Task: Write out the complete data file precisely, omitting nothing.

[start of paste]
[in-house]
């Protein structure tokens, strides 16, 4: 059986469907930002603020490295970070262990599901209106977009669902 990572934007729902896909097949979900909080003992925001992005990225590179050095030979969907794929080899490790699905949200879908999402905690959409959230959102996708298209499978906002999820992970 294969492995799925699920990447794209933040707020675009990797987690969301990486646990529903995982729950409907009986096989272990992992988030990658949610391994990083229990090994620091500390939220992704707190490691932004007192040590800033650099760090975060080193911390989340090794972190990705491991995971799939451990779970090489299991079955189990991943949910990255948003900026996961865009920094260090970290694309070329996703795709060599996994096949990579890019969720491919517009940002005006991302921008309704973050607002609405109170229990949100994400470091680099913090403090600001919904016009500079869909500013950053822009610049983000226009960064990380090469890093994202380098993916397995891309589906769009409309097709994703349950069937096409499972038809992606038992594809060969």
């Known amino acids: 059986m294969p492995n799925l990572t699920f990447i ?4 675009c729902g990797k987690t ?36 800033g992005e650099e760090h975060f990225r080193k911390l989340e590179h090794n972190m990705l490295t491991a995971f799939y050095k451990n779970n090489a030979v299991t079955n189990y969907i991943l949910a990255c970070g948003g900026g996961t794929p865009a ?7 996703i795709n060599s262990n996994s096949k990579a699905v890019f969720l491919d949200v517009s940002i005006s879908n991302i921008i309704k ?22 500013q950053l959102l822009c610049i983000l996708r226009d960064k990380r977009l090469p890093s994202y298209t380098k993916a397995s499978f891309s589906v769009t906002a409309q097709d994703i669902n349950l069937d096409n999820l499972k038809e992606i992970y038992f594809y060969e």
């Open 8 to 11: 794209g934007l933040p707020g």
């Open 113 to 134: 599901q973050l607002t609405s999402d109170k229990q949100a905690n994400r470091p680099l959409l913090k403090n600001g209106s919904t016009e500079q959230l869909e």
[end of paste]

[in-house]
């Protein structure tokens, strides 16, 4: 059986469907930002603020490295970070262990599901209106977009669902 990572934007729902896909097949979900909080003992925001992005990225590179050095030979969907794929080899490790699905949200879908999402905690959409959230959102996708298209499978906002999820992970 294969492995799925699920990447794209933040707020675009990797987690969301990486646990529903995982729950409907009986096989272990992992988030990658949610391994990083229990090994620091500390939220992704707190490691932004007192040590800033650099760090975060080193911390989340090794972190990705491991995971799939451990779970090489299991079955189990991943949910990255948003900026996961865009920094260090970290694309070329996703795709060599996994096949990579890019969720491919517009940002005006991302921008309704973050607002609405109170229990949100994400470091680099913090403090600001919904016009500079869909500013950053822009610049983000226009960064990380090469890093994202380098993916397995891309589906769009409309097709994703349950069937096409499972038809992606038992594809060969």
């Known amino acids: 059986m294969p492995n799925l990572t699920f990447i ?4 675009c729902g990797k987690t ?36 800033g992005e650099e760090h975060f990225r080193k911390l989340e590179h090794n972190m990705l490295t491991a995971f799939y050095k451990n779970n090489a030979v299991t079955n189990y969907i991943l949910a990255c970070g948003g900026g996961t794929p865009a ?7 996703i795709n060599s262990n996994s096949k990579a699905v890019f969720l491919d949200v517009s940002i005006s879908n991302i921008i309704k ?22 500013q950053l959102l822009c610049i983000l996708r226009d960064k990380r977009l090469p890093s994202y298209t380098k993916a397995s499978f891309s589906v769009t906002a409309q097709d994703i669902n349950l069937d096409n999820l499972k038809e992606i992970y038992f594809y060969e």
């Open 8 to 11: 794209g934007l933040p707020g």
């Open 113 to 134: 599901q973050l607002t609405s999402d109170k229990q949100a905690n994400r470091p680099l959409l913090k403090n600001g209106s919904t016009e500079q959230l869909e």